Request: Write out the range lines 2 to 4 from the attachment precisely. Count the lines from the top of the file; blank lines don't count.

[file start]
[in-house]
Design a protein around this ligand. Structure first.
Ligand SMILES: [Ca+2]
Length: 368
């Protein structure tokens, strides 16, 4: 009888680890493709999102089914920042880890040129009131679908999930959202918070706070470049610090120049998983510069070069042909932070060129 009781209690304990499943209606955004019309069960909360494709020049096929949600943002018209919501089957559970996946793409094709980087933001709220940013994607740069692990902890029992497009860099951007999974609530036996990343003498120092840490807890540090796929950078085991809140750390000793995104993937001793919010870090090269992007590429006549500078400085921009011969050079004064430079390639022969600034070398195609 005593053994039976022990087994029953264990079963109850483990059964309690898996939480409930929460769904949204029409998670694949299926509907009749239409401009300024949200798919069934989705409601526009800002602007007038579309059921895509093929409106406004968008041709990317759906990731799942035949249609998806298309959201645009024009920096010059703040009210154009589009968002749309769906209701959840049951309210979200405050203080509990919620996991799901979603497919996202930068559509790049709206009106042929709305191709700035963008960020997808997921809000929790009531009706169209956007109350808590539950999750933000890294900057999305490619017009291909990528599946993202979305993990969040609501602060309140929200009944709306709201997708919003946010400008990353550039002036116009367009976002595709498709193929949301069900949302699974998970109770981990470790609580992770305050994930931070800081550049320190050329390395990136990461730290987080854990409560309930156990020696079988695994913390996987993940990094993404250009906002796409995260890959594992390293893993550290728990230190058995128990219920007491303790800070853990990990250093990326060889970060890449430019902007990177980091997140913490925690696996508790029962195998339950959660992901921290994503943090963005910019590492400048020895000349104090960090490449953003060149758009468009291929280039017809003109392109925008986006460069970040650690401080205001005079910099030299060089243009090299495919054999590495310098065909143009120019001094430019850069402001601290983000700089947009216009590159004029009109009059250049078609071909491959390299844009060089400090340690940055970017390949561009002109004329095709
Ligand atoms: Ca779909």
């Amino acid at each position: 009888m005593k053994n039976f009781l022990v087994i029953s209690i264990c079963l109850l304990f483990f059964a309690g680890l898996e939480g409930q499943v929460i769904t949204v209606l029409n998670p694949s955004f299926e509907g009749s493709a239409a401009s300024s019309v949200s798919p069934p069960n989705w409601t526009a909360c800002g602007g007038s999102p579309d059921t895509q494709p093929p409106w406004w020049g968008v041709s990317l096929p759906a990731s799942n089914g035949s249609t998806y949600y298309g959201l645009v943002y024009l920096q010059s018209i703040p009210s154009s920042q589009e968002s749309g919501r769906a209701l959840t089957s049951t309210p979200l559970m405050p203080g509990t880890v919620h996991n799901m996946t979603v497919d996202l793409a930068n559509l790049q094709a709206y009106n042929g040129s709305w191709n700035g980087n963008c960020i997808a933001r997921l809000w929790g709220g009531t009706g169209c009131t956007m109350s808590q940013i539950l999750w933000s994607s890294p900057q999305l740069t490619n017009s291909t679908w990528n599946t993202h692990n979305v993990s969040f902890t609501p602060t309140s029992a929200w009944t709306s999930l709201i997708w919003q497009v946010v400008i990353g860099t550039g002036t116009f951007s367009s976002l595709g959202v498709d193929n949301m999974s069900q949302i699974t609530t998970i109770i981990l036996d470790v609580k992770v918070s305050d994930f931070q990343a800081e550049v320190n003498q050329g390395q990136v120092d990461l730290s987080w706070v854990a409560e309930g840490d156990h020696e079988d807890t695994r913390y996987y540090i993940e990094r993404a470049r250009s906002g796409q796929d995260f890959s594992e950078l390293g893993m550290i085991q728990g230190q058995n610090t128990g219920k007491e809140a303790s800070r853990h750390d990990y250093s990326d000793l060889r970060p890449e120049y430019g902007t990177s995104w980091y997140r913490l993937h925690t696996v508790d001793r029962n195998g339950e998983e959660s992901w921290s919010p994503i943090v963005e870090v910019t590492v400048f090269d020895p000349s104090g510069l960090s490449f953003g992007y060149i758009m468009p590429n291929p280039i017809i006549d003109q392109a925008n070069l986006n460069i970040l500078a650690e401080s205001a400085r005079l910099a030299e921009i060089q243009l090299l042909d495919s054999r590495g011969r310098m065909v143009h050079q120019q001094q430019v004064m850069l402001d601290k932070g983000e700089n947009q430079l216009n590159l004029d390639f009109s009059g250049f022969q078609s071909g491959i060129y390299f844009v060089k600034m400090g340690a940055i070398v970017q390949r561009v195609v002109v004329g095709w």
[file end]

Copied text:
Design a protein around this ligand. Structure first.
Ligand SMILES: [Ca+2]
Length: 368